Slaughter of stolen horses exposes loophole in equine passport law

  • The slaughter of two stolen loan horses for meat has revealed a loophole in current horse passport law.

    Norfolk Police are investigating the disappearance of the mares, who were put on loan last year. H&H has now learned they were sent through an abattoir under false passports.

    Norfolk resident Emma Hitchcox put veteran Lady and 10-year-old Gwen, who had kissing spines, out on loan last October to a woman who gave her a false name and address. The horses went through Turner’s abattoir in Nantwich, Cheshire, a month later.

    “I am devastated,” said Ms Hitchcox. “I have been desperately trying to track them down and rang all the abattoirs. Turner’s told me they went through on 6 November.”

    Gwen was microchipped and Lady freeze-marked, but H&H has learned that the Horse Passport Agency did not check the horses’ details against the National Equine Database (NED) or the Stolen Horse Register before re-passporting the animals.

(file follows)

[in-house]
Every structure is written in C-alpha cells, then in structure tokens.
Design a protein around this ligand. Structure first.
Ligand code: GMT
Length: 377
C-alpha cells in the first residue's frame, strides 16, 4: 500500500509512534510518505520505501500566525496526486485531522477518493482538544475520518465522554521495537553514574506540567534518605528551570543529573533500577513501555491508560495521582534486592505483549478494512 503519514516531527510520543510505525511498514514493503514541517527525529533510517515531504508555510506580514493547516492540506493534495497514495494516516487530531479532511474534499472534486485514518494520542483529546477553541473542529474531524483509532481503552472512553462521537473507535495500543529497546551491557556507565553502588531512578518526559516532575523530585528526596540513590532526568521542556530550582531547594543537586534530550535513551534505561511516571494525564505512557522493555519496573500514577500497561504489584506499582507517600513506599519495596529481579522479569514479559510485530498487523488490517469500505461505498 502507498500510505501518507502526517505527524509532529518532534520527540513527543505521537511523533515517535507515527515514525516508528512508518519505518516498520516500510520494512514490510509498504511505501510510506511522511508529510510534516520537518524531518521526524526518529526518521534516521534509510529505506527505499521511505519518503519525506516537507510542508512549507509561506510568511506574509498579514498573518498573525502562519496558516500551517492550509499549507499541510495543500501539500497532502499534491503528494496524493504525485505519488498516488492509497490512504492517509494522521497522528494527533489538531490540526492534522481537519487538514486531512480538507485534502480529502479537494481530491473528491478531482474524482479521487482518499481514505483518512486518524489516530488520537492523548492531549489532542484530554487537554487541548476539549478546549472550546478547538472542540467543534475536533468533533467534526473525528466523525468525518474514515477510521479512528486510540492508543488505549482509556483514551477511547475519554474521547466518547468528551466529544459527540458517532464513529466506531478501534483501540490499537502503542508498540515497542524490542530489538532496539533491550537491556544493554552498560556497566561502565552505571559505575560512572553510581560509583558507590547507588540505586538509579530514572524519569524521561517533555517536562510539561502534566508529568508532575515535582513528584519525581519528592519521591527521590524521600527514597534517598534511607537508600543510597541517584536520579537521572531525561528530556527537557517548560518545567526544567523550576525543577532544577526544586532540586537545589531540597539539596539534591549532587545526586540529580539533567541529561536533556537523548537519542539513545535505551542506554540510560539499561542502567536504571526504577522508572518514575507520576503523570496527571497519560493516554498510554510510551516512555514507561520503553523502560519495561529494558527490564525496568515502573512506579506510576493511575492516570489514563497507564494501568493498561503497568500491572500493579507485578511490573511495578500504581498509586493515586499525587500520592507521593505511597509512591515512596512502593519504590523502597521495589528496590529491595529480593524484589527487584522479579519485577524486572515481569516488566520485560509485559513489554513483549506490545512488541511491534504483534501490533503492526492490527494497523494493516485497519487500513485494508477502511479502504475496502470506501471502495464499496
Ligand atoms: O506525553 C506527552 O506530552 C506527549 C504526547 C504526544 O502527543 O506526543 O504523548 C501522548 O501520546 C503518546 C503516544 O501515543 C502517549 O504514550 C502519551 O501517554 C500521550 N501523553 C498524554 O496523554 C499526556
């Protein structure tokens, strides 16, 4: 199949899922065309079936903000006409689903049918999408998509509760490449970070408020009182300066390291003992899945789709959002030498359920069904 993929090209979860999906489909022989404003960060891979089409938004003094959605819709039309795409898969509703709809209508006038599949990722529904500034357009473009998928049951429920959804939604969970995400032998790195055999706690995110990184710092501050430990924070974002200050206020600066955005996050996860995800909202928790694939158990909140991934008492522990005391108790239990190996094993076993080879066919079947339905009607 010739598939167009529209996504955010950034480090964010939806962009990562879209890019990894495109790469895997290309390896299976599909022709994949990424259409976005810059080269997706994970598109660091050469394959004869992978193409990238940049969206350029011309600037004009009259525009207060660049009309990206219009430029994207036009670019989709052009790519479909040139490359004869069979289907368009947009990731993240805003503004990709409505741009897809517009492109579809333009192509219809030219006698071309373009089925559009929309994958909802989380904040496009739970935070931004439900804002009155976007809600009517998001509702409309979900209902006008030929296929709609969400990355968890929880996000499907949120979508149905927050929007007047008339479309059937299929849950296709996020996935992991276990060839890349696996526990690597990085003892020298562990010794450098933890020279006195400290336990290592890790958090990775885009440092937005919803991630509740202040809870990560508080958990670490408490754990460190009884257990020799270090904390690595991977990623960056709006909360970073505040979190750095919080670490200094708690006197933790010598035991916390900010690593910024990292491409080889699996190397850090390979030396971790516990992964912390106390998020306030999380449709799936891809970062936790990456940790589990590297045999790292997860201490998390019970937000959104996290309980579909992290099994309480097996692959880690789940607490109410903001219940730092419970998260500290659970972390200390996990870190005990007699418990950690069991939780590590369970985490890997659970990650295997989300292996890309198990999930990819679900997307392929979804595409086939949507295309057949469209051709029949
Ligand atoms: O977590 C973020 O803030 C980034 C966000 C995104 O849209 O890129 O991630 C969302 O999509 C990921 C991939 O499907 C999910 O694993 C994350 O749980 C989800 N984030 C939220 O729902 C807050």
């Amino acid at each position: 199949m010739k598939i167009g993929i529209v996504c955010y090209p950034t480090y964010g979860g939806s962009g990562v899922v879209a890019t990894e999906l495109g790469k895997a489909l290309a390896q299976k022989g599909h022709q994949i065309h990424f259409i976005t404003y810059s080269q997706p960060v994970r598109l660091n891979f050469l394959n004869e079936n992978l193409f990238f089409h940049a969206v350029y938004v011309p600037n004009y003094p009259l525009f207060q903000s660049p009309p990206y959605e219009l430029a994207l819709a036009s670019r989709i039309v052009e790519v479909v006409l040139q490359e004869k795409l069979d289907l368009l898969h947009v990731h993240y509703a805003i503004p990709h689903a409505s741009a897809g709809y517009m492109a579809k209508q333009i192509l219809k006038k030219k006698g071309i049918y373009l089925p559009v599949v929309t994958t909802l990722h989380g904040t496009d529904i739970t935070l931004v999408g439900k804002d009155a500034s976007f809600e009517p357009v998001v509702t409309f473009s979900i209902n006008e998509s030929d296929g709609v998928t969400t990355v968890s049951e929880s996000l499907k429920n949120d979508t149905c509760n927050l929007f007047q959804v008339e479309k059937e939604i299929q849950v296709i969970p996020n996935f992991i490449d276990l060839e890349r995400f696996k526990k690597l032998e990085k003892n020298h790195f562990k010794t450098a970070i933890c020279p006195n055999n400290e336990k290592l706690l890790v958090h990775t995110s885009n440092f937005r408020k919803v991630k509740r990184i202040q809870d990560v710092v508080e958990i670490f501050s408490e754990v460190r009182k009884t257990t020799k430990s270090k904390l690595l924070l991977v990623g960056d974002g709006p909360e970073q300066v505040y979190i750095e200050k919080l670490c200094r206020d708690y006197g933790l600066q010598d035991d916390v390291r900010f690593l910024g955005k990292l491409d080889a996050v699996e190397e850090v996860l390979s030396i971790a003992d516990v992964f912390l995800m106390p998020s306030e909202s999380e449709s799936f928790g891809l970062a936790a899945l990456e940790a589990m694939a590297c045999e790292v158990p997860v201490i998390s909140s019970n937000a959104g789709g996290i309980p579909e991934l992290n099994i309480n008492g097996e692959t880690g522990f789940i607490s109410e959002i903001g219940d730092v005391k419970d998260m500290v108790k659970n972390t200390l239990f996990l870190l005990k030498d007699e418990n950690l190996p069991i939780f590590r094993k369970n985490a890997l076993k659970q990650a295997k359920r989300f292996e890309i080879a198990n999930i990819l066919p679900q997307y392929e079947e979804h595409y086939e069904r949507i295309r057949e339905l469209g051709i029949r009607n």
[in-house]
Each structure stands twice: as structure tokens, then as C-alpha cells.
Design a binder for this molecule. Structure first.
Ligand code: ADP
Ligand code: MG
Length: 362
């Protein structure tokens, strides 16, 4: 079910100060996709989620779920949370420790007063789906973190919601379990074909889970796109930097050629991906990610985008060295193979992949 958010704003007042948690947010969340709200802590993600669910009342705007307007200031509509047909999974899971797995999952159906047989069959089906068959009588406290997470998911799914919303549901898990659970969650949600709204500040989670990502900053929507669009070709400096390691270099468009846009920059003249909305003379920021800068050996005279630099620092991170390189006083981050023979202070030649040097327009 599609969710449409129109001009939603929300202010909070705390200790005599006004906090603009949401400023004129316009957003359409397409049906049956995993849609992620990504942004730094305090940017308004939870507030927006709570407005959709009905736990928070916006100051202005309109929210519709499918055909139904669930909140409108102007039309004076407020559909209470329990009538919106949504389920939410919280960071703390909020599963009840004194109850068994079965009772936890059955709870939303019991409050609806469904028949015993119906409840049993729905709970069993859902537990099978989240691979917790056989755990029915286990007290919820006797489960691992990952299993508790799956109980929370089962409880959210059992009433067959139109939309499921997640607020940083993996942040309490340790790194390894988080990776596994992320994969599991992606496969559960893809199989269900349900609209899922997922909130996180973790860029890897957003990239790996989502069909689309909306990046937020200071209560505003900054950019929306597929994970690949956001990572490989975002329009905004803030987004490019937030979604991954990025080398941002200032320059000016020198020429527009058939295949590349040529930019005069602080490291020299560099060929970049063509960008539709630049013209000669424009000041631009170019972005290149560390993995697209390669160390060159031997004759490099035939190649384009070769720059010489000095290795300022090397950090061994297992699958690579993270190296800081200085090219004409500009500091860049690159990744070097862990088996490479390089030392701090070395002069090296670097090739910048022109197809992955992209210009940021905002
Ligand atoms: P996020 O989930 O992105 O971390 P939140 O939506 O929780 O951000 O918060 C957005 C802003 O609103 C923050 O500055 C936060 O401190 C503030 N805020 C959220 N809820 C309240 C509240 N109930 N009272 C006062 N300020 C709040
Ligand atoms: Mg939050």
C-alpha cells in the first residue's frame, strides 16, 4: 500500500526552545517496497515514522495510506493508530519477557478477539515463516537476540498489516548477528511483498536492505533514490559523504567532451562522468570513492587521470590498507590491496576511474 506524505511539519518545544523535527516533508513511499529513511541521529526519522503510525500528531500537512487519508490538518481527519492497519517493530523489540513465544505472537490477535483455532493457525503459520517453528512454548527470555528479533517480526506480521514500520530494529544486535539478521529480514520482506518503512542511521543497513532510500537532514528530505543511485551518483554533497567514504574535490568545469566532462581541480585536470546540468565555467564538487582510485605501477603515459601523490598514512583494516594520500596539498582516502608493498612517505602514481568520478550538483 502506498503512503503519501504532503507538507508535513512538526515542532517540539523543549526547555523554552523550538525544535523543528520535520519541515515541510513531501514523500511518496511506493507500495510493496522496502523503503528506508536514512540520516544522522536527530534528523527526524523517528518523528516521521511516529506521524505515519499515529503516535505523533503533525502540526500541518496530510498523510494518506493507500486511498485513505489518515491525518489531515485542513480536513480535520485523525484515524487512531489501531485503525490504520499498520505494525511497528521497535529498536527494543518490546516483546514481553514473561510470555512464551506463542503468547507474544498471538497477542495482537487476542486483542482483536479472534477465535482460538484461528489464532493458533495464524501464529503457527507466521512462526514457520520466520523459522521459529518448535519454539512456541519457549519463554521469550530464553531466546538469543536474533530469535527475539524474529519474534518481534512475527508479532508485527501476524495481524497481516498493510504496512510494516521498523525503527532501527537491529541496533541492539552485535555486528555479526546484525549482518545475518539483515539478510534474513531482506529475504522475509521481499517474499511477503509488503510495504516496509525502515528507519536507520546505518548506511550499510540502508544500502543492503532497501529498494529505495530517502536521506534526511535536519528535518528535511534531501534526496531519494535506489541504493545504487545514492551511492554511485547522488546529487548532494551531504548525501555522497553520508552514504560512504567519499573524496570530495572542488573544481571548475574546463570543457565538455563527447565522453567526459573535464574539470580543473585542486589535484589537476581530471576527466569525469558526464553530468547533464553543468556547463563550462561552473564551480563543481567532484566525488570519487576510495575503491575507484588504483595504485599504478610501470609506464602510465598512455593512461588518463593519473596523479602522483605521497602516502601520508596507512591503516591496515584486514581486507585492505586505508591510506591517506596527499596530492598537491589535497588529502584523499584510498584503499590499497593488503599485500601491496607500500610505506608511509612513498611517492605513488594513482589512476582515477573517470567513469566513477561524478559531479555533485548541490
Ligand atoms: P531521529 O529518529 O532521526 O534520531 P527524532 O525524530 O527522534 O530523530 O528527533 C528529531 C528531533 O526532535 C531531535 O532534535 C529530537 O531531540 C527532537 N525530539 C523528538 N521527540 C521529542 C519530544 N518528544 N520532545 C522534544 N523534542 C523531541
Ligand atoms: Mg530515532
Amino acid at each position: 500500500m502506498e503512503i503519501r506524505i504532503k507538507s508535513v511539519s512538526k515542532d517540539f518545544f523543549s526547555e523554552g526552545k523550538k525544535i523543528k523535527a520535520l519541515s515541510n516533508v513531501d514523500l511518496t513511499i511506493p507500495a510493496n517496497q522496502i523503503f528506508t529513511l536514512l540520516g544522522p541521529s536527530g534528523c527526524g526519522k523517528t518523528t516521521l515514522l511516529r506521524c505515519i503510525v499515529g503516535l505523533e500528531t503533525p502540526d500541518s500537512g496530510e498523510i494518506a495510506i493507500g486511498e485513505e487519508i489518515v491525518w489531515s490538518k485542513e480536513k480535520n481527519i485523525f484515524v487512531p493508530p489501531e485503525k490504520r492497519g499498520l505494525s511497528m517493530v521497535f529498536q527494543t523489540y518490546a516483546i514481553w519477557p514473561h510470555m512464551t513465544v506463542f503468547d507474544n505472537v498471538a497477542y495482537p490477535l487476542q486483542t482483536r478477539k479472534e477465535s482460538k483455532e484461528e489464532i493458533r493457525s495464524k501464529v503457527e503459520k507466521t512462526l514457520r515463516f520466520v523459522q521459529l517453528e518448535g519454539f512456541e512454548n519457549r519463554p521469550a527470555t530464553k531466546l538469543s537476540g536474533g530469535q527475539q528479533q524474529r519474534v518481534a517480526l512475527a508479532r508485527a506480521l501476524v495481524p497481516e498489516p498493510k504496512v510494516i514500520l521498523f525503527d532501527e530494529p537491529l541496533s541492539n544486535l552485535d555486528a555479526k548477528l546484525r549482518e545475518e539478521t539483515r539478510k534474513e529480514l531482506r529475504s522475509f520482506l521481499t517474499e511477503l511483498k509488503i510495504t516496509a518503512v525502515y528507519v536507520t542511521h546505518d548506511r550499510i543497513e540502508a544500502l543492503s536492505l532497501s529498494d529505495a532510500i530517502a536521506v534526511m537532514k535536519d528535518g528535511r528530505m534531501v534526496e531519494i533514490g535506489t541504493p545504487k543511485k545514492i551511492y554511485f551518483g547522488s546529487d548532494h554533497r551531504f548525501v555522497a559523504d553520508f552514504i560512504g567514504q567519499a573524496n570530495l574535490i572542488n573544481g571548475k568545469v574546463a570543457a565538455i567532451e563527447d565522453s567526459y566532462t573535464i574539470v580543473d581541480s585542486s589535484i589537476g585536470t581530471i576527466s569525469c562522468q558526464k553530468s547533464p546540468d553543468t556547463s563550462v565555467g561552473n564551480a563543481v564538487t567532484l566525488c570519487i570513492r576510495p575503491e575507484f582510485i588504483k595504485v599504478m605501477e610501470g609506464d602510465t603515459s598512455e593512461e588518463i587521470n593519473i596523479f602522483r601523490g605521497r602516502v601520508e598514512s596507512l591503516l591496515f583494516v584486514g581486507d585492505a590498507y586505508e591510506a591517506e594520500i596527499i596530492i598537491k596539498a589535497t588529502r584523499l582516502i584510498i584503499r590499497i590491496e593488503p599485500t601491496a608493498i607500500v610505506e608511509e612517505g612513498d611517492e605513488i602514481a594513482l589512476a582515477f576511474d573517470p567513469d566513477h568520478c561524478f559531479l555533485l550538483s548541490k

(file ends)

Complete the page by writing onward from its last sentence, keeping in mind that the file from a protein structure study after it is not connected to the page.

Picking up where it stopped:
Neither did Turner’s perform these extra checks before they went to slaughter.

    The case represents the clearest indication yet of how open the passport system is to abuse, and how it can pose a serious threat to human health — the very reason passports were introduced in the first place in February 2005.

    Both horses had been given the painkiller bute — banned in meat for human consumption — by Ms Hitchcox in the weeks before they were stolen.

    Turner’s proprietor, Val Turner, told H&H: “The horses came to us from a dealer who I believe bought them at Melton [Mowbray horse] sales.

    The passports were fine. They were the right horses, with the right markings, the right freeze-mark and they had the right silhouette.”

    Defra said this loophole would be closed by legislation to be introduced in July requiring all foals and adult horses being passported to be microchipped. It will also become mandatory for PIOs to record that number and pass it on to NED.

    Read this story in full in the current issue of Horse & Hound (29 January, ’09)

    You may like...